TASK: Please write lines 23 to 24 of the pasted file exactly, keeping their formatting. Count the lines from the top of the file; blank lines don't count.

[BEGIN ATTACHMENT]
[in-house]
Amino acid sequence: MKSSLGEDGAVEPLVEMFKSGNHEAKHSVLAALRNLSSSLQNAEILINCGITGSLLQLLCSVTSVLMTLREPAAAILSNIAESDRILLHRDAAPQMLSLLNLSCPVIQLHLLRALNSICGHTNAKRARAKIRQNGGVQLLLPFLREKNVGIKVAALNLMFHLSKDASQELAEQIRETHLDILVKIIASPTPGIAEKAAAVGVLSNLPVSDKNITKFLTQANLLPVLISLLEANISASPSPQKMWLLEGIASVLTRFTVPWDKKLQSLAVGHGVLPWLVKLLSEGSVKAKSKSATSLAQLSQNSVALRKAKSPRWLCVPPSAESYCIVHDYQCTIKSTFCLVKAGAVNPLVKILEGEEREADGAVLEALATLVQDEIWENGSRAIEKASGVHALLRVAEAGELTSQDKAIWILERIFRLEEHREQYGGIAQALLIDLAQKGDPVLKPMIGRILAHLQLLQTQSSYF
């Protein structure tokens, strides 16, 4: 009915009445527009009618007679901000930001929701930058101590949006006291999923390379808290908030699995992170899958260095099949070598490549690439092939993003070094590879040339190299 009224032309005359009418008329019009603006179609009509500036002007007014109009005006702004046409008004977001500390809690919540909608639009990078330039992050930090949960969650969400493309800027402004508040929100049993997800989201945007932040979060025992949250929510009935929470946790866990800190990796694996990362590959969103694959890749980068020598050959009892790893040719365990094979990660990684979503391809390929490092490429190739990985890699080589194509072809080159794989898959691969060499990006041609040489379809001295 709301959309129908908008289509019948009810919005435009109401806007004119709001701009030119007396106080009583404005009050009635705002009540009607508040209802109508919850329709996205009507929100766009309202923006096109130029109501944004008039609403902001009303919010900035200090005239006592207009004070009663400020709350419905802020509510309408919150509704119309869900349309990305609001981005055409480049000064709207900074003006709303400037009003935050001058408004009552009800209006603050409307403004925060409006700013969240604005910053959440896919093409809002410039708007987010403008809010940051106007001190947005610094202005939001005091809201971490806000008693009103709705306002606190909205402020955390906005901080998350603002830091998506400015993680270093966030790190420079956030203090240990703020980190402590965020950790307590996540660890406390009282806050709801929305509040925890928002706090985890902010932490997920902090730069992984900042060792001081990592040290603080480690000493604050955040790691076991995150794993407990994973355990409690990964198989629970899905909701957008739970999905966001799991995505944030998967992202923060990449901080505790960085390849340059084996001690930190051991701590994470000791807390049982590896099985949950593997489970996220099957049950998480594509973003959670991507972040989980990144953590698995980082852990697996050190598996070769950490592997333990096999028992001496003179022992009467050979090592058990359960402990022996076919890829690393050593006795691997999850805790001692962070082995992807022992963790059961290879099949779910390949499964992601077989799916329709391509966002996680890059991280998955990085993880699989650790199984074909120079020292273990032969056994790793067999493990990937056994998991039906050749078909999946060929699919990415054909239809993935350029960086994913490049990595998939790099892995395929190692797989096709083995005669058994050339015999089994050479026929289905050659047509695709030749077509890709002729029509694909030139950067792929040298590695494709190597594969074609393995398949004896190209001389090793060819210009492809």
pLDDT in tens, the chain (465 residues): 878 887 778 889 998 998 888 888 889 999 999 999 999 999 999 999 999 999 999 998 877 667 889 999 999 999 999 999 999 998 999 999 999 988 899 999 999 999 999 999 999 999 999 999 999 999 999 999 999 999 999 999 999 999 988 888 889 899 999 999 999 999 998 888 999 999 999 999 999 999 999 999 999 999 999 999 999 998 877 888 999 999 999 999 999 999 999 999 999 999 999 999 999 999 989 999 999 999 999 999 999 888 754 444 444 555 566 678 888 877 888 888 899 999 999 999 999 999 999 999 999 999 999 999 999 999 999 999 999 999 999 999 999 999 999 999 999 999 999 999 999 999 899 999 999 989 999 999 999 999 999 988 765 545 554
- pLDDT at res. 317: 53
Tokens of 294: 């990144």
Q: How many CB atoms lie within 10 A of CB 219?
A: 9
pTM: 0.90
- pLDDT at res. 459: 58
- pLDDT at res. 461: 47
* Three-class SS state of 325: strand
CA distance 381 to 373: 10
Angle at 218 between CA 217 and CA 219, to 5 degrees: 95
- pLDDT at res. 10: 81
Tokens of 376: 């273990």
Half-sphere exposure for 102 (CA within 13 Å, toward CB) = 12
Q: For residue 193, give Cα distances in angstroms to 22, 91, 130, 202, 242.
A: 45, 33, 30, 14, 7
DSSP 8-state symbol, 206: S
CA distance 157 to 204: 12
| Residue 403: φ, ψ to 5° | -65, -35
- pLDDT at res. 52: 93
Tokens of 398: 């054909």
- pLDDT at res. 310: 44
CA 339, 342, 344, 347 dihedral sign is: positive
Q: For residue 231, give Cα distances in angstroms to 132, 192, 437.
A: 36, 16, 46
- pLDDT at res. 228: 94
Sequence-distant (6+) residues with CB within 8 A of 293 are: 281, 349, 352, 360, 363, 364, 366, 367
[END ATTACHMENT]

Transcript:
- pLDDT at res. 52: 93
Tokens of 398: 């054909």